With spring rolling in and people turning their attention to gardens (at least here in the Great White North – further south I imagine people hit their gardens earlier), now seems like a good time to talk about pesticides and the efforts by a lot of groups and municipalities to ban them.
Should pesticides be banned, either totally or for cosmetic uses? Personally, I think that a “yes or no” answer is far too simplistic. The term “pesticide” refers to a very wide range of products with different chemical compositions, different uses, and different toxicity to humans and animals. They include herbicides for dealing with plants, insecticides (and insect repellents), fungicides and rodenticides. They range from naturally occurring chemicals such as pyrethrins (from chrysanthemum flowers) to modern synthetic chemicals. Obviously it is important to ensure that human health is protected, including those using the pesticides, as well as others in the community who may potentially be exposed. It is also worthwhile to protect the environment, including unintended receptors (e.g. local wildlife) and nearby water bodies. Can we do this and still allow the use of pesticides?
In Canada, pesticides are evaluated by the Pest Management Regulatory Agency. Among other things, they review data on the toxicity of pesticides, determine the potential for exposure, and decide whether adverse effects are likely. They also determine what the maximum amount of a pesticide that can be present on various foods is. Certainly some people will argue that the only acceptable exposure to a potentially “toxic” substance is zero, but the reality is for most substances there are safe amounts to which you can be exposed. In fact, many plants produce their own pesticides, and as result even completely organic fruit and vegetables will have toxic substances in it – the important thing is that the amount is less than the maximum safe dose. The possible exception is genotoxic carcinogens (carcinogens that react with DNA) – I have no problem with banning cosmetic use of genotoxic carcinogens.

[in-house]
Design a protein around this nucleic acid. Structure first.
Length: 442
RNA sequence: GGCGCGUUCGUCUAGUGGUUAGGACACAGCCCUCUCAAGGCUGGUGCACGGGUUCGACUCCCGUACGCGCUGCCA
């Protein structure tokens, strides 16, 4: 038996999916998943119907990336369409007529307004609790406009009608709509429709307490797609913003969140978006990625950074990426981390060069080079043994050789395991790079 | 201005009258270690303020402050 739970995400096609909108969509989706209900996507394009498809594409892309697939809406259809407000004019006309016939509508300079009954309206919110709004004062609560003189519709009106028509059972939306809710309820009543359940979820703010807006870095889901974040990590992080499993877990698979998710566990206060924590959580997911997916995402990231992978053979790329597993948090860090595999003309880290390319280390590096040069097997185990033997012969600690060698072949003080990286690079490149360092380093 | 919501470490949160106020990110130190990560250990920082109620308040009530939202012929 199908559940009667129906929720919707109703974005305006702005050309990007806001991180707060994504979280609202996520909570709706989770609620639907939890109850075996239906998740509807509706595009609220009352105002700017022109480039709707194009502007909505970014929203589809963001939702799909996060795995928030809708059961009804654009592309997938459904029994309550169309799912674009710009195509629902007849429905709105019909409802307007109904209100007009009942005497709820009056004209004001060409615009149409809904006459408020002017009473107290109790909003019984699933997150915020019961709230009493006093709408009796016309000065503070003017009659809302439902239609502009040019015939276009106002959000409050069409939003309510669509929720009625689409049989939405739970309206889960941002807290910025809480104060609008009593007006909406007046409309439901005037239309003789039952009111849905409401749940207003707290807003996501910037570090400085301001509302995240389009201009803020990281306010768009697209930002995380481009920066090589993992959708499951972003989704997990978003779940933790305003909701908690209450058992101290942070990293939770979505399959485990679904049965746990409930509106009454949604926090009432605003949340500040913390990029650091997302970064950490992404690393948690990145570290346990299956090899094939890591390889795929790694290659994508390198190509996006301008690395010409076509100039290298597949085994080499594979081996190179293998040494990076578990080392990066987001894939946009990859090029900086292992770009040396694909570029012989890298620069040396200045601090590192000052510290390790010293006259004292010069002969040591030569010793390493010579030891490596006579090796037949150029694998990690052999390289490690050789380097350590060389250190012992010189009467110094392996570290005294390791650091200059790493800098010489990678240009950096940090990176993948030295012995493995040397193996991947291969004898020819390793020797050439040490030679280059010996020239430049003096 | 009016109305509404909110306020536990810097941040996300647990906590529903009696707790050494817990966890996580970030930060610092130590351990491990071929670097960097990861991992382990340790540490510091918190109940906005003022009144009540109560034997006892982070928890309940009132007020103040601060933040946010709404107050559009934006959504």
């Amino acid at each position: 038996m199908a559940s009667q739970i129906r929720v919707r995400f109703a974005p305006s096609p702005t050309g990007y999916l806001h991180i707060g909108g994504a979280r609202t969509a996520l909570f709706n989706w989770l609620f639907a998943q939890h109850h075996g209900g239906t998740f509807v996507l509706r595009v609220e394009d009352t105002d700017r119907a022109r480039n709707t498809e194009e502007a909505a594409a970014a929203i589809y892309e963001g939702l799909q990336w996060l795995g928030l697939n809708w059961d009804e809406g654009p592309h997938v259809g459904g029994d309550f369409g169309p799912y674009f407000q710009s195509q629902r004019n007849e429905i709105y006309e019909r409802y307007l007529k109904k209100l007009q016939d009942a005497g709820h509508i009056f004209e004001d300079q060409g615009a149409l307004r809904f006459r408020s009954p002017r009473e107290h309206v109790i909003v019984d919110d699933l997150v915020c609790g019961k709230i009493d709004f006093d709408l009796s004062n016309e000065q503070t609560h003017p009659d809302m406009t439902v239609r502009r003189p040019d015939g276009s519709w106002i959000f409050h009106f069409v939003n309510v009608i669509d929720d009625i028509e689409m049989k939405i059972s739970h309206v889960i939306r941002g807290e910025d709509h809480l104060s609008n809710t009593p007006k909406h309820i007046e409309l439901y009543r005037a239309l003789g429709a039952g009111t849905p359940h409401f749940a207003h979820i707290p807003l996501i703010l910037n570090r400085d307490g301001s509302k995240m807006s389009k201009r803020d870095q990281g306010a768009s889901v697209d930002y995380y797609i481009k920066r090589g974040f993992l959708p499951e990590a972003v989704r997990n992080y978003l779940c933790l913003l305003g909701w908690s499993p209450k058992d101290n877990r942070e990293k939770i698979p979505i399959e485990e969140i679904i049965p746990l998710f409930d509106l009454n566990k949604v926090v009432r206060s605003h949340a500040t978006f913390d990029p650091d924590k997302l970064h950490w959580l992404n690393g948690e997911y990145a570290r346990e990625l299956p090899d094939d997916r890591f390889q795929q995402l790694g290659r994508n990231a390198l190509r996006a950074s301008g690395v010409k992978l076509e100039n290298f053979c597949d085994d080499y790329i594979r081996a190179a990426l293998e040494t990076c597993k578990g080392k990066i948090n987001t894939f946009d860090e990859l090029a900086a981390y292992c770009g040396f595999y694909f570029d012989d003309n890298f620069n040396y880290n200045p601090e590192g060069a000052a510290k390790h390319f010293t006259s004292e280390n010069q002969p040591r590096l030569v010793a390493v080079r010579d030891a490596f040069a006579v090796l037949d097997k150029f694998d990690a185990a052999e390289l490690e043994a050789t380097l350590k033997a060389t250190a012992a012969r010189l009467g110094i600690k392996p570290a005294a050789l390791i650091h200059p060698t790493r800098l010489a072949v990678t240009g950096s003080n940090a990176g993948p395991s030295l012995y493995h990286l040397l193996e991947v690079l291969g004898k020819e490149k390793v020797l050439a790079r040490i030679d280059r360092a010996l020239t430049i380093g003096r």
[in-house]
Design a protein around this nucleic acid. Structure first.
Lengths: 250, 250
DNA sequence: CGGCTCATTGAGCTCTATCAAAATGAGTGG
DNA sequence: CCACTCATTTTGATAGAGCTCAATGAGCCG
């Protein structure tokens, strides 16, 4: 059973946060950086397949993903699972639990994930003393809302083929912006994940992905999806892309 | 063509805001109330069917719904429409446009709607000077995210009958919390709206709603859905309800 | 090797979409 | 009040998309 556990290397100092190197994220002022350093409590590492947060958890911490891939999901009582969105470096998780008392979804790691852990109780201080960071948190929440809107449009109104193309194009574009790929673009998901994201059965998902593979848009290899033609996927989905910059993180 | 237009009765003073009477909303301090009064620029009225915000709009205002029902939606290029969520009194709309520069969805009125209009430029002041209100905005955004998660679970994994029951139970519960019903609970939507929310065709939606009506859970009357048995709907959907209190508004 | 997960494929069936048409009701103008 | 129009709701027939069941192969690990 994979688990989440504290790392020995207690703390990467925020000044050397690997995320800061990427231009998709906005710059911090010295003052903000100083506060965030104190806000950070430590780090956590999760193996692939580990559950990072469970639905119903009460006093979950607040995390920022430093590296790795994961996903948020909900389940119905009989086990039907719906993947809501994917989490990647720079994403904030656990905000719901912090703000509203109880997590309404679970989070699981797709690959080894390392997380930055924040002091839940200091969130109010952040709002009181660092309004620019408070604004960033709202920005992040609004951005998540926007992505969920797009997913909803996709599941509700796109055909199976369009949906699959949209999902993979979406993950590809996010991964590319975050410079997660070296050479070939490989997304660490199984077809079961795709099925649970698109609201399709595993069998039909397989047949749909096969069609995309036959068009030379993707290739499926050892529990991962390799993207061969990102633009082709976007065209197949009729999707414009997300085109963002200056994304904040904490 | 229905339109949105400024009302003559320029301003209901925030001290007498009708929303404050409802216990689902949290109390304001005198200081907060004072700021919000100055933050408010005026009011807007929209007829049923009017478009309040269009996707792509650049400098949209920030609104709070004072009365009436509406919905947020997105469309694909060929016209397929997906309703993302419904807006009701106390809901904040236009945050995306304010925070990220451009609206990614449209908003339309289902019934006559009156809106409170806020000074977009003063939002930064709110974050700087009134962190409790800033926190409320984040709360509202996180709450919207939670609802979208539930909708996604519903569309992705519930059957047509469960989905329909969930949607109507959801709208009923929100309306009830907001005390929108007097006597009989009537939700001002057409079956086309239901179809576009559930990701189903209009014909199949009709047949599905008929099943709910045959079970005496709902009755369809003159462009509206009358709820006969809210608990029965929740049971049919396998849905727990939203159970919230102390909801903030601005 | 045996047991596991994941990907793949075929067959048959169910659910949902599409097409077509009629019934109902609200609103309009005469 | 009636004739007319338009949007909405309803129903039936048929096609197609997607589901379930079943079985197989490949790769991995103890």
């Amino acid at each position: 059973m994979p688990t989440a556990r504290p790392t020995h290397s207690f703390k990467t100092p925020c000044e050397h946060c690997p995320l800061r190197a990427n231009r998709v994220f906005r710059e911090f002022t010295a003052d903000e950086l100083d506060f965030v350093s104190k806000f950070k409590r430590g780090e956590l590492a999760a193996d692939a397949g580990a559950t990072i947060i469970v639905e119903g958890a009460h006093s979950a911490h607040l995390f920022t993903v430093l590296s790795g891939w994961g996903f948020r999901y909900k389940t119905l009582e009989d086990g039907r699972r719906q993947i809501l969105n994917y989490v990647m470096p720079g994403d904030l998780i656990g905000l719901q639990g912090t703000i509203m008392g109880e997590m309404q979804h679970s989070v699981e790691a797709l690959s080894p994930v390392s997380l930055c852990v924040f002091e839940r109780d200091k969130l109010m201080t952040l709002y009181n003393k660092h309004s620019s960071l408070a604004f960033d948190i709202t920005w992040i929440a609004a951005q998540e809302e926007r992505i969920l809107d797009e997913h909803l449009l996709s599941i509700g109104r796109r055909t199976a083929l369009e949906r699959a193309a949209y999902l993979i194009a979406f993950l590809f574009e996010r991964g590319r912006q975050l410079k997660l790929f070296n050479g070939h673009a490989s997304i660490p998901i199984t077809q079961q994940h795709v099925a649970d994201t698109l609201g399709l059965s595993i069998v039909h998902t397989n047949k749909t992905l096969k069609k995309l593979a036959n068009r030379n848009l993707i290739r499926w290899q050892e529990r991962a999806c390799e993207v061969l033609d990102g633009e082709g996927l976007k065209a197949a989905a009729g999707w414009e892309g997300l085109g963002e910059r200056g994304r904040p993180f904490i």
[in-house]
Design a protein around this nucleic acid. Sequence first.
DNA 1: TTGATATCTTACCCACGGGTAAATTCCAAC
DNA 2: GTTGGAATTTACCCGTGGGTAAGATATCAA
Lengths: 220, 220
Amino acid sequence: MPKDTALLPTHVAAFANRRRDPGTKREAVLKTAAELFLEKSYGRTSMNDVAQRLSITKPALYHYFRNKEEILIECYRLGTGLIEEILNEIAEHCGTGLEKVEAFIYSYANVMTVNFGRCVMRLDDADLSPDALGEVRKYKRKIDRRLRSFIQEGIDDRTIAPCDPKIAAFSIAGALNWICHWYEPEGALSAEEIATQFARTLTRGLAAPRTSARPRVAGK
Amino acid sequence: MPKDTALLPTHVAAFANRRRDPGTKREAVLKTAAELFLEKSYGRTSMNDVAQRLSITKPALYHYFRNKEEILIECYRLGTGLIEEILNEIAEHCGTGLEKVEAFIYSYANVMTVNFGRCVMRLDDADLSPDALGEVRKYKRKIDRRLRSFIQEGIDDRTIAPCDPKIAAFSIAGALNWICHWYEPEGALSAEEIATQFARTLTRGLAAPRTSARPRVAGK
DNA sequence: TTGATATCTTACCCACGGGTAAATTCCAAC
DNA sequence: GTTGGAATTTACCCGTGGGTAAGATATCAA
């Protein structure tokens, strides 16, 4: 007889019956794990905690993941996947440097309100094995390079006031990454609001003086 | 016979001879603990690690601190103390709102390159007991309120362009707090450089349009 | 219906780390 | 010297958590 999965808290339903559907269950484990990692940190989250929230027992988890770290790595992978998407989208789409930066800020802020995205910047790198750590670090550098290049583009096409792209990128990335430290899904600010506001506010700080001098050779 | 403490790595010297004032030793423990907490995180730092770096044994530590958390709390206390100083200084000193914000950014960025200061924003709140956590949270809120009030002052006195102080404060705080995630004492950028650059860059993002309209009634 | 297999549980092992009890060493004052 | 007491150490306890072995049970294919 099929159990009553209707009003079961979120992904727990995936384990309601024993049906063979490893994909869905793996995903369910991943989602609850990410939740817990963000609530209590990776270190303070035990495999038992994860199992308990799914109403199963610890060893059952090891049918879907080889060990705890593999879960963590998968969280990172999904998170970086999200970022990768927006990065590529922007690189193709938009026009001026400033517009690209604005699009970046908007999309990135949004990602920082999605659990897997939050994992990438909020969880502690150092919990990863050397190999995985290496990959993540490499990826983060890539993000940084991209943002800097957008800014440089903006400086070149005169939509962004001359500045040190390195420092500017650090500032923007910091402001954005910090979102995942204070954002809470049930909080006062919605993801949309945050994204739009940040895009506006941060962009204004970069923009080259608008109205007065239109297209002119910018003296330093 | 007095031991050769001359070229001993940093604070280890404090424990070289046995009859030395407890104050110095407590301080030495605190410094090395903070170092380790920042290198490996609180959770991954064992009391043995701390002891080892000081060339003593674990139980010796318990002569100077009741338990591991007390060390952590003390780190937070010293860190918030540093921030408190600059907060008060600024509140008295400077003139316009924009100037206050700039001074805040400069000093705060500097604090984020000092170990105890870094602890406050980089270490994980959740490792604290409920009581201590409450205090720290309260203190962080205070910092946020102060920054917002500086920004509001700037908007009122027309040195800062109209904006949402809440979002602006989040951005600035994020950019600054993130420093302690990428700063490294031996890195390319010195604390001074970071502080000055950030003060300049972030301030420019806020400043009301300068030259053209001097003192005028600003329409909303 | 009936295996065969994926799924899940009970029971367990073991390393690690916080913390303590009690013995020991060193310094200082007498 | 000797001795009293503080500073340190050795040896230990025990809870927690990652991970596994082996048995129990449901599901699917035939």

The other side is whether there is any benefit to using pesticides. A lot of arguments for banning pesticides talk about dandelions – really, unless there’s a severe infestation or you’re dealing with a large area, there’s no need to use pesticides for dandelions. You’re probably better off pulling them out. However, there are other noxious weeds that aren’t readily dealt with by pulling them out. Insect infestations are another issue often requiring some sort of pesticide – I’m not talking about normal insects which are often beneficial, but rather severe infestations of harmful insects that are killing plants.
My personal view is that we should focus on what want to accomplish before deciding what action (e.g ban pesticides) to take. I suggest the following:
- Protection of human health
- Protection of wildlife
- Protection of other ecological receptors, including nearby surface water
- Control of pests (undesirable and/or harmful plants, insects etc.)
Can we accomplish all of these? I think we can.
When a proper evaluation is conducted by PMRA (or by the United States Environmental Protection Agency), toxicologists and other experts determine whether human health or ecological effects are likely to occur if the pesticide is used as directed (a fairly key point). In the past perhaps some of the testing hasn’t considered possible effects such as endocrine disruption, but this is changing and existing pesticides are continually being re-evaluated. There is also a margin of safety included in these evaluations to account for uncertainty in the toxicity database or particularly sensitive individuals. In general, I believe that a pesticide with a recent evaluation can be considered safe when used as directed. The problem comes when people don’t use them as directed, and this is where some form of control may be necessary. Rather than assume people will use them as directed, why don’t we make sure it’s difficult to use them in a potentially harmful way? This could include only allowing sale to individuals in very small containers, not allowing the sale of concentrated forms that require dilution, and not allowing the sale of “weed and feed” products.
To me, a logical strategy would include:
- Education about alternatives to pesticide use, and encouraging pesticides to be a last resort.
- Ensuring that not only are the pesticides available for residential safe when used as directed, but that it is difficult to use them unsafely.
- Requiring a license (with appropriate training/testing) for the purchase of bulk pesticides or concentrated forms (e.g. by commercial applicators).
- Perhaps taxing pesticides to artificially increase their price, discouraging frivolous use.
In summary, I don’t believe an all-out pesticide ban is warranted. Not all pesticides are the same, and modern pesticides for residential use are not the same as some of the toxic (to humans) chemicals used historically. We also have to consider possible future developments – with advancements in biochemistry and genetics, it is conceivable that pesticides that only affect a particular target and are harmless to everything else could be developed in the future.